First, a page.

Butterflies of the
Amazon and Andes
Family - RIODINIDAE
subfamily - RIODININAE
Tribe - RIODININI
Melanis electron pronostriga, Santa Fe de Antioquoia,
The name Melanis refers to the melanic
pigment of the black scales which cover the distinctively shaped
wings of all members of this genus. Many
Melanis species are marked with orange borders on the
hindwings, and / or similarly coloured diagonal bands on the
forewings. In some species the apex of the forewings is orange, and
in others there are large red spots near the base of the wings.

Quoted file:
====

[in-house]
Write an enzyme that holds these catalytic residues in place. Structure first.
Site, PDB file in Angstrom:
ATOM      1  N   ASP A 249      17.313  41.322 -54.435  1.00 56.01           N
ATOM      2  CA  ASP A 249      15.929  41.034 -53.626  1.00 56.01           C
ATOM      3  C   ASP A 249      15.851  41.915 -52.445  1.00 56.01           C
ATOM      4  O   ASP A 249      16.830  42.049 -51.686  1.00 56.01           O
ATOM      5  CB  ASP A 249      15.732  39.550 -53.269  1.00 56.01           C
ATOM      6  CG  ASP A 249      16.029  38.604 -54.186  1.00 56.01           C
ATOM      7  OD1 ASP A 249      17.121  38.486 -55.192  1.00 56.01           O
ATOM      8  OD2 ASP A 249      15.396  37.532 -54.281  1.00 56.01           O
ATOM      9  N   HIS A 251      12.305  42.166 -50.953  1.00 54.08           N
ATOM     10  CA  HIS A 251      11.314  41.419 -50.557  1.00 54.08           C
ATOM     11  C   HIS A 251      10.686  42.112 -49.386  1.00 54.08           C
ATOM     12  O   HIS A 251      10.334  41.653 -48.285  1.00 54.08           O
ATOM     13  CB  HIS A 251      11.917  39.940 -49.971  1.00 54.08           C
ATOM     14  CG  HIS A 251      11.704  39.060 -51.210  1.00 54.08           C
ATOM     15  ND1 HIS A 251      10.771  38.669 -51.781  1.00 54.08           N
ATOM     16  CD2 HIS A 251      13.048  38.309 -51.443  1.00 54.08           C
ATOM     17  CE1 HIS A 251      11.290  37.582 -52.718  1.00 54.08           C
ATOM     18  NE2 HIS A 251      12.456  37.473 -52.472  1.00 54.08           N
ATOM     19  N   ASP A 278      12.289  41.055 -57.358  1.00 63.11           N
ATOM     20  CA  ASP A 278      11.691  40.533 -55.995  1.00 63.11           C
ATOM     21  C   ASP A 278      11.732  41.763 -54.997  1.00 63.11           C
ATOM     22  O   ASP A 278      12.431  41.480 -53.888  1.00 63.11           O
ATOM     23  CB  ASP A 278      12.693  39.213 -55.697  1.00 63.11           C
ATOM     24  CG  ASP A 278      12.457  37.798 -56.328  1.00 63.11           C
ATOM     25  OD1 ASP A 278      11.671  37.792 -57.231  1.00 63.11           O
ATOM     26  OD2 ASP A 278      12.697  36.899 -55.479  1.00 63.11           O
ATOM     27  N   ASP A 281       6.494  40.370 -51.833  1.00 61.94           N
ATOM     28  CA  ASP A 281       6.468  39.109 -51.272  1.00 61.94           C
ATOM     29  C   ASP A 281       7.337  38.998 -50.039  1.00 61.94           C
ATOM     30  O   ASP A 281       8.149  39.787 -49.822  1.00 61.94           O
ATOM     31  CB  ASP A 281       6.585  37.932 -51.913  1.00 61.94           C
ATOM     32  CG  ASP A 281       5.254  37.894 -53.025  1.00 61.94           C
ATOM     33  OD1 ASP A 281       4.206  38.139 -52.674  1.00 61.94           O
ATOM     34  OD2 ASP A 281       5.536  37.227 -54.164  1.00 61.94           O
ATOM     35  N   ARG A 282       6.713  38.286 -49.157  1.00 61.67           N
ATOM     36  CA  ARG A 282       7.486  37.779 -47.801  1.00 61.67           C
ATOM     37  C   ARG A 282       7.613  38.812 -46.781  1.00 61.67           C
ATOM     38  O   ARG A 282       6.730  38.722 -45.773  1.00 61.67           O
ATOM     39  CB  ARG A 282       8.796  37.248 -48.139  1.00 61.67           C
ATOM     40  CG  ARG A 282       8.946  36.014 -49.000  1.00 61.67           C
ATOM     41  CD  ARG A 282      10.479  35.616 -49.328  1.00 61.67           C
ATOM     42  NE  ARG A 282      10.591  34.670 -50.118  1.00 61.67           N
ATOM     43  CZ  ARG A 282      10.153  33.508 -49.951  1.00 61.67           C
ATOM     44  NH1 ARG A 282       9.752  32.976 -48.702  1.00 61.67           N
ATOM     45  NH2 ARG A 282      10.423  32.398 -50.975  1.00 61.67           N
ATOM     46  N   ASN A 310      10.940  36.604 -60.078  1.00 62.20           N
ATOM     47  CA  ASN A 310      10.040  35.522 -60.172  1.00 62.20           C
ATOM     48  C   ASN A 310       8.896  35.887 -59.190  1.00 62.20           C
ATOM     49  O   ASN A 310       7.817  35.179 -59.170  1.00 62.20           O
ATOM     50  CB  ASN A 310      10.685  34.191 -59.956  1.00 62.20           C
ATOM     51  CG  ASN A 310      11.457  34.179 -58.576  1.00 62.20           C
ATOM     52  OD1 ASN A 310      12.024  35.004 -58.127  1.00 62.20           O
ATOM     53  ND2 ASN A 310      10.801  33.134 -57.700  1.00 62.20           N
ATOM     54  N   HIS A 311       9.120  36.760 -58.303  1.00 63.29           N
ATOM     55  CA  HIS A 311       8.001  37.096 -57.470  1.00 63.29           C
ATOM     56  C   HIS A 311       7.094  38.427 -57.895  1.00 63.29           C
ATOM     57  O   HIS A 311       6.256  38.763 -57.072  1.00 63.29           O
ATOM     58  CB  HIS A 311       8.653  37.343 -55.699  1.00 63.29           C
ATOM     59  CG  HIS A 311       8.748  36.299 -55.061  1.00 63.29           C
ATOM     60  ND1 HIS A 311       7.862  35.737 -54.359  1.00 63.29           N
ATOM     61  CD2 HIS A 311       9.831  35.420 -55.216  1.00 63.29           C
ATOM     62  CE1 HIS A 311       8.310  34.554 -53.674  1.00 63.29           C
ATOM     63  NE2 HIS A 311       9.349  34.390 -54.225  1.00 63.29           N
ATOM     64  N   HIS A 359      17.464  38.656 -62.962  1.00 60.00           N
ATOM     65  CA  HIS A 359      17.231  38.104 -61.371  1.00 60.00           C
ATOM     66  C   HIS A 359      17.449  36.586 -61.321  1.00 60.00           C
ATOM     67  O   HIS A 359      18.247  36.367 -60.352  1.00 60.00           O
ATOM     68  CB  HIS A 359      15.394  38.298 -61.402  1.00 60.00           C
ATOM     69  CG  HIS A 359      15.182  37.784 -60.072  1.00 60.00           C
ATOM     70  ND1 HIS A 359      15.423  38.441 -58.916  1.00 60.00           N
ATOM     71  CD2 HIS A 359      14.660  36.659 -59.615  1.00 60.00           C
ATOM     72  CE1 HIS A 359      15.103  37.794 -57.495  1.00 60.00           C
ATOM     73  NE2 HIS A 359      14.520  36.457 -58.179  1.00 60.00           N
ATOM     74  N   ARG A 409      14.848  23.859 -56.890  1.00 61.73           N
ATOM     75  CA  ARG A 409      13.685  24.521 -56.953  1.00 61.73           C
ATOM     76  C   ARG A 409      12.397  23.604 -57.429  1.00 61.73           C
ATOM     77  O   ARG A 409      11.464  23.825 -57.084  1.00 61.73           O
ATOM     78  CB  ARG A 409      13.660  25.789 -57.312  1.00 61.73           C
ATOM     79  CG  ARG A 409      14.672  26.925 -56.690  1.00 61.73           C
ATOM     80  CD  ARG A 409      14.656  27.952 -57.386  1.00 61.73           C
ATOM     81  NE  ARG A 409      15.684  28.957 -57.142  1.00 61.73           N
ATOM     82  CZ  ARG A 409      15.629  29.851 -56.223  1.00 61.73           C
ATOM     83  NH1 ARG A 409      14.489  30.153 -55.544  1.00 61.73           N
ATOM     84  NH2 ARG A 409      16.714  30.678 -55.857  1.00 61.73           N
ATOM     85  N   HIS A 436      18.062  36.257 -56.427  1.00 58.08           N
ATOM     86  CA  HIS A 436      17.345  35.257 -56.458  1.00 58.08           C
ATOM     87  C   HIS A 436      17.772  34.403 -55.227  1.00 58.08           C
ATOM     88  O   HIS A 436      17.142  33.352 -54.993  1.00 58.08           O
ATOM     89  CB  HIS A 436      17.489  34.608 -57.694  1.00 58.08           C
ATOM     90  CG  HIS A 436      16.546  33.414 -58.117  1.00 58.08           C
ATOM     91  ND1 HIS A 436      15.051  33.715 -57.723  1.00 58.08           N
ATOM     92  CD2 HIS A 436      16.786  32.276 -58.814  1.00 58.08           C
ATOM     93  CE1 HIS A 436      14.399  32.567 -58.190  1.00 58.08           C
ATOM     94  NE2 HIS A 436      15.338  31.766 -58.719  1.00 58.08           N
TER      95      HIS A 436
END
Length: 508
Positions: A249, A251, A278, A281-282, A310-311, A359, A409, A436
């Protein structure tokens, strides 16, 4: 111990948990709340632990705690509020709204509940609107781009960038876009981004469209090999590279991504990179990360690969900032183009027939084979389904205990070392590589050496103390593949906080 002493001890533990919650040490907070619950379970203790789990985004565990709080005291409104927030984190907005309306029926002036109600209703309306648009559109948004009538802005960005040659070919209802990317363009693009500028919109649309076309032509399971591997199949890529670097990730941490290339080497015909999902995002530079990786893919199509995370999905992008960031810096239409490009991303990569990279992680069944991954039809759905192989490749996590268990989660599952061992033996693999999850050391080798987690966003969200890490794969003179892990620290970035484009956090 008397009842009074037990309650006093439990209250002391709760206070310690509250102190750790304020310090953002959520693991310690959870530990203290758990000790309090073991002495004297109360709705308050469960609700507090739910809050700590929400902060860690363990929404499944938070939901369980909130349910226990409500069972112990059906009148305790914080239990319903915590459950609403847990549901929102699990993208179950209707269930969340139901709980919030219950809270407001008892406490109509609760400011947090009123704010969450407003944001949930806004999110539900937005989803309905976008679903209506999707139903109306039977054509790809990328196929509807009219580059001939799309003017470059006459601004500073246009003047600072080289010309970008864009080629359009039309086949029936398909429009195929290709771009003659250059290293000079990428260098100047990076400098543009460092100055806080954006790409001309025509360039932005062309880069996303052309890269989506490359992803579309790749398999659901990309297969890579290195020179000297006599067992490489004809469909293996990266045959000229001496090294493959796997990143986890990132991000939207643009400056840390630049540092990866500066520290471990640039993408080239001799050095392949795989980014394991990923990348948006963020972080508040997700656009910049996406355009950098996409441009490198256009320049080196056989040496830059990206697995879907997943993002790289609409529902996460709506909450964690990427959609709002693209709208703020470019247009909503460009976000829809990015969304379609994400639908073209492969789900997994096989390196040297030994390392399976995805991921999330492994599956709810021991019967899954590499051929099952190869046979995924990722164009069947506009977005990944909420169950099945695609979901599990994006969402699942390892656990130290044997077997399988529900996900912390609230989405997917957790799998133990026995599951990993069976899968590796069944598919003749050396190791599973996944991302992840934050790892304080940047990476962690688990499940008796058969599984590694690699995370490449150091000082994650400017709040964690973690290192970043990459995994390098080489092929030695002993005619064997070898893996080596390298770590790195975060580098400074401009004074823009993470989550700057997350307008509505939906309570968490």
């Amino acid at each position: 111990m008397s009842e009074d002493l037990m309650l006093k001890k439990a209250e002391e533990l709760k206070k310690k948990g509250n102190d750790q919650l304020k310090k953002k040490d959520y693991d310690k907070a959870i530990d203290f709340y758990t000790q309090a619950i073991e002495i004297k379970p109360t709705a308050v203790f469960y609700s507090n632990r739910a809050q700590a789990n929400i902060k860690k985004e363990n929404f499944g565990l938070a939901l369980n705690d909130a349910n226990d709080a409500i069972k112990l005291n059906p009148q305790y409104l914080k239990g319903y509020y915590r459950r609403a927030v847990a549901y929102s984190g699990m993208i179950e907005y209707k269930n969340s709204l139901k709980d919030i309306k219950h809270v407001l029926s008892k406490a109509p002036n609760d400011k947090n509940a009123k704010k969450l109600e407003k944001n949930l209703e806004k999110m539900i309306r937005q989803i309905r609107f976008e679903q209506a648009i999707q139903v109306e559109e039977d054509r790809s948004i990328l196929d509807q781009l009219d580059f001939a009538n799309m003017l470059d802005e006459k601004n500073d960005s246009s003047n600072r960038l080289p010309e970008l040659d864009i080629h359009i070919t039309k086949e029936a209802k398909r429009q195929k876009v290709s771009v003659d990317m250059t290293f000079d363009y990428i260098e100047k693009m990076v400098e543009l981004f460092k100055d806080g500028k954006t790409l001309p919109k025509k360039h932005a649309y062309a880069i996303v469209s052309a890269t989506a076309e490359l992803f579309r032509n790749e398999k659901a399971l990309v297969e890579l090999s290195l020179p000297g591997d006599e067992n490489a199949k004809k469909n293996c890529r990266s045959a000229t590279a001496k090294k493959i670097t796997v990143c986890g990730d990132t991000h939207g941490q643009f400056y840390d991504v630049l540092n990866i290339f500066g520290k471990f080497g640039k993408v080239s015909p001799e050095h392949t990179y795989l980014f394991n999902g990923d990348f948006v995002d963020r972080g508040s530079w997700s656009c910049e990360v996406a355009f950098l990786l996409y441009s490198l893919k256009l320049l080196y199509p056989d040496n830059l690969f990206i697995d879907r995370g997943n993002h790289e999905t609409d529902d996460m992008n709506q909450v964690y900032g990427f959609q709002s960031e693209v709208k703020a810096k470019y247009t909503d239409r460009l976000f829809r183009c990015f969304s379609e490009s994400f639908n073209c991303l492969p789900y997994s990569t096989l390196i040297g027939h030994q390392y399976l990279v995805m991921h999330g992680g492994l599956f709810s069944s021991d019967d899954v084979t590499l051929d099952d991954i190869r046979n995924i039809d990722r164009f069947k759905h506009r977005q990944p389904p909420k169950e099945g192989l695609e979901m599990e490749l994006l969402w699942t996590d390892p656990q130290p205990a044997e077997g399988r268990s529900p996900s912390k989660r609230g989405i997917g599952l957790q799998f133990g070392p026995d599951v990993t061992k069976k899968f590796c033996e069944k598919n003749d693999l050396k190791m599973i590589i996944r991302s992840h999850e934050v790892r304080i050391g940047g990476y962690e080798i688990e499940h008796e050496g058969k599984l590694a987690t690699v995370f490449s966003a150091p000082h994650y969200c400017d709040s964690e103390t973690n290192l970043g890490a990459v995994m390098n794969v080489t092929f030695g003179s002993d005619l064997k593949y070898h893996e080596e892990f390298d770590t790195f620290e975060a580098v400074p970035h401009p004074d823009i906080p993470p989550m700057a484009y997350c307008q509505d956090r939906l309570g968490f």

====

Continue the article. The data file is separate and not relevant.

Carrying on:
There are 27 known members in the genus. One particularly attractive
species, M. pixe, has a range extending
from Mexico to Panama, but the majority of species are found in the
Andes mountains, or in the Amazonian lowlands.
Melanis electron occurs as 7 named
subspecies found variously from Belize to Peru and Brazil.
This butterfly is found in forested habitats at elevations between
Melanis larvae are hairy, and feed
gregariously on the leaves of trees in the family Leguminosae. The
pupae are said to be formed in clusters on tree trunks.
The butterflies have a slow fluttery flight typical of aposematic
species, drifting gracefully above the vegetation at a height of about
1-2m above ground level. Males can sometimes be found imbibing
mineralised moisture from damp ground, or feeding at carrion.